Posts Tagged ‘ISIL’

Five Years On & Hope Became Terror

January 13, 2016


13 January 2016


Five years ago this week the Arab Spring began in earnest. On 14 January 2011 President Ben Ali of Tunisia resigned. The social media went into fast thumb tap and click. The Middle East began to throw off its identity and took to the streets demanding change.

The freedom squares were full of protest within days. Egypt. Lebanon. Yemen.Bahrain. Jordan. Libya. Morocco. Iraq. Less than a month from the going of Ben Ali Hosni Mubarak was gone as President of Egypt.  On 6 March the first shots were fired in Syria. A week on and the Saudi sent in troops to rescue the Bahrainian leadership in case the anger spread to Riyadh.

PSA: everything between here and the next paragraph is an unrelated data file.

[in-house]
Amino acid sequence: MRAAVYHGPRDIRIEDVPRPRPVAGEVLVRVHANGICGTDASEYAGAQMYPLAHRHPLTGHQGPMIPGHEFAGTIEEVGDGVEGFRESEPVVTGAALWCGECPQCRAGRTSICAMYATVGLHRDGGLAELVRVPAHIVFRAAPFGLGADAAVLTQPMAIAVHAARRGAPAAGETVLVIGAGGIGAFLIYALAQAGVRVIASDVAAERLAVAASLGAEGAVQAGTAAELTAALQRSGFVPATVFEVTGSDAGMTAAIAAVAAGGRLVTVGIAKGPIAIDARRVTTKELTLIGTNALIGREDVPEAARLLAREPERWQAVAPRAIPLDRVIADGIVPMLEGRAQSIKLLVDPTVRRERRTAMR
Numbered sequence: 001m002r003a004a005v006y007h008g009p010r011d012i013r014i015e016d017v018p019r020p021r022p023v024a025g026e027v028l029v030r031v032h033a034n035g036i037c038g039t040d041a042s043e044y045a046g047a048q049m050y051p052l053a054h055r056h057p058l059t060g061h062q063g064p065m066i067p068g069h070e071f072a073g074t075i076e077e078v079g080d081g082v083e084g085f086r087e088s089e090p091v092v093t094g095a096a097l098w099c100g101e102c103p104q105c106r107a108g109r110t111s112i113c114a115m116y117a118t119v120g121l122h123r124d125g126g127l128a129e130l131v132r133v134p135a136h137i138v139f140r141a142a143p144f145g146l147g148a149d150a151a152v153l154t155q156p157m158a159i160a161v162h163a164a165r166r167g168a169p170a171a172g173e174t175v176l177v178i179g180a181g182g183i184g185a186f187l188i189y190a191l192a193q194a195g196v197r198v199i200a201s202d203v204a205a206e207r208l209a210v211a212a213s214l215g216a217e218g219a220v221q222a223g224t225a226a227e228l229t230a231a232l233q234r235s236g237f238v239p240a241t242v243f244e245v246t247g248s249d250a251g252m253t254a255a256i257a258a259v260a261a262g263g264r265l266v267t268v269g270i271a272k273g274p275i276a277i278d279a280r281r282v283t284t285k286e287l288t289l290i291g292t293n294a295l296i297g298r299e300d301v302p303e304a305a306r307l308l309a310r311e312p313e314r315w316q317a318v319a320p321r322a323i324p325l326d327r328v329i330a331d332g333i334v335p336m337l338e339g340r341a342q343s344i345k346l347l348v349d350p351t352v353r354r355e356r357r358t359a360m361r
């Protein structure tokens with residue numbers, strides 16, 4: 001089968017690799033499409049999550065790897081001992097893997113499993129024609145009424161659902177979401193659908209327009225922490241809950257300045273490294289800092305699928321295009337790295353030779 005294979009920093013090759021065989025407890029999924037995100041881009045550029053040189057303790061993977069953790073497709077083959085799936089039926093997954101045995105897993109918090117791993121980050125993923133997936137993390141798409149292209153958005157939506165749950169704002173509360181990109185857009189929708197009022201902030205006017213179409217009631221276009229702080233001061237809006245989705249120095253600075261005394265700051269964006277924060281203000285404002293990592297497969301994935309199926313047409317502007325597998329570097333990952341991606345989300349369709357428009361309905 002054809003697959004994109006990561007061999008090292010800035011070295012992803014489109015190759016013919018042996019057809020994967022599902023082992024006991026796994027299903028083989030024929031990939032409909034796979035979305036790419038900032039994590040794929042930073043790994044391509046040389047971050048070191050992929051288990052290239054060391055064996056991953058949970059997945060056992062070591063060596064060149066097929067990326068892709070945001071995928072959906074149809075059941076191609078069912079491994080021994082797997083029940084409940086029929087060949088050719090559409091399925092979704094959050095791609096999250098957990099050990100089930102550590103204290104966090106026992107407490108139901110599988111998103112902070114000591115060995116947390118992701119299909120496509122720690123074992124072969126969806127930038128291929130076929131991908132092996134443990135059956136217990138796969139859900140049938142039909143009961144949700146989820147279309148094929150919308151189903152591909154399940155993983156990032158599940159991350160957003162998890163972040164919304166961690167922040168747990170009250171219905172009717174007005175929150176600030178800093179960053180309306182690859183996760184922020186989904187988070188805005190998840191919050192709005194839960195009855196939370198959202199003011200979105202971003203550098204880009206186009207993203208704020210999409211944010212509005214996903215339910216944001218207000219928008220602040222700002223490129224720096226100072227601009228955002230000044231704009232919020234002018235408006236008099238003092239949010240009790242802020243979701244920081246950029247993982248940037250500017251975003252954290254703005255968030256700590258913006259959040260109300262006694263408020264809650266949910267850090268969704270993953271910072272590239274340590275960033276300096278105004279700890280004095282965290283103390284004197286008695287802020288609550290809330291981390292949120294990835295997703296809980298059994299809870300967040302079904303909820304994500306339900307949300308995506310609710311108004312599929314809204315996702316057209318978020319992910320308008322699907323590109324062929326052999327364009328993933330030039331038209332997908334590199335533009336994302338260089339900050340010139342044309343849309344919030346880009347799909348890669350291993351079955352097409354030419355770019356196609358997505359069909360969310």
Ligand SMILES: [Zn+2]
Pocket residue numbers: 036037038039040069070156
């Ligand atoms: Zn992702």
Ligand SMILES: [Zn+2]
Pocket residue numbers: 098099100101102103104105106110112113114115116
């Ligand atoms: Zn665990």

In that same March NATO went into Libya  not to support their recent ally Gaddafi but to join the rebels against him. By the summer Yemen was in full fire and President Ali Abdullah Saleh fled for his life.  Five months later, October 2011 a cringing Mummer Gaddafi was assassinated.

The change was all to see and just as predictable.  Libya spilled its blood in political anger and still bleeds. Egypt elected Mohamed Morsi as president in June 2012 and then the army  overthrew him the following year and returned to virtual military rule and in 2014 elected former general Abdel Fattah al-Sisi. There was worse, to come

Out of this political and zealous carnage on 9 May 2013 ISIS, IS, ISIL ,Daesh – call this Jahadi as you will – was formed, declared a caliphate and the world quickly witness barbarism that could never have been imagined at the start of the Arab Spring. James Foley was Daesh’s first beheading.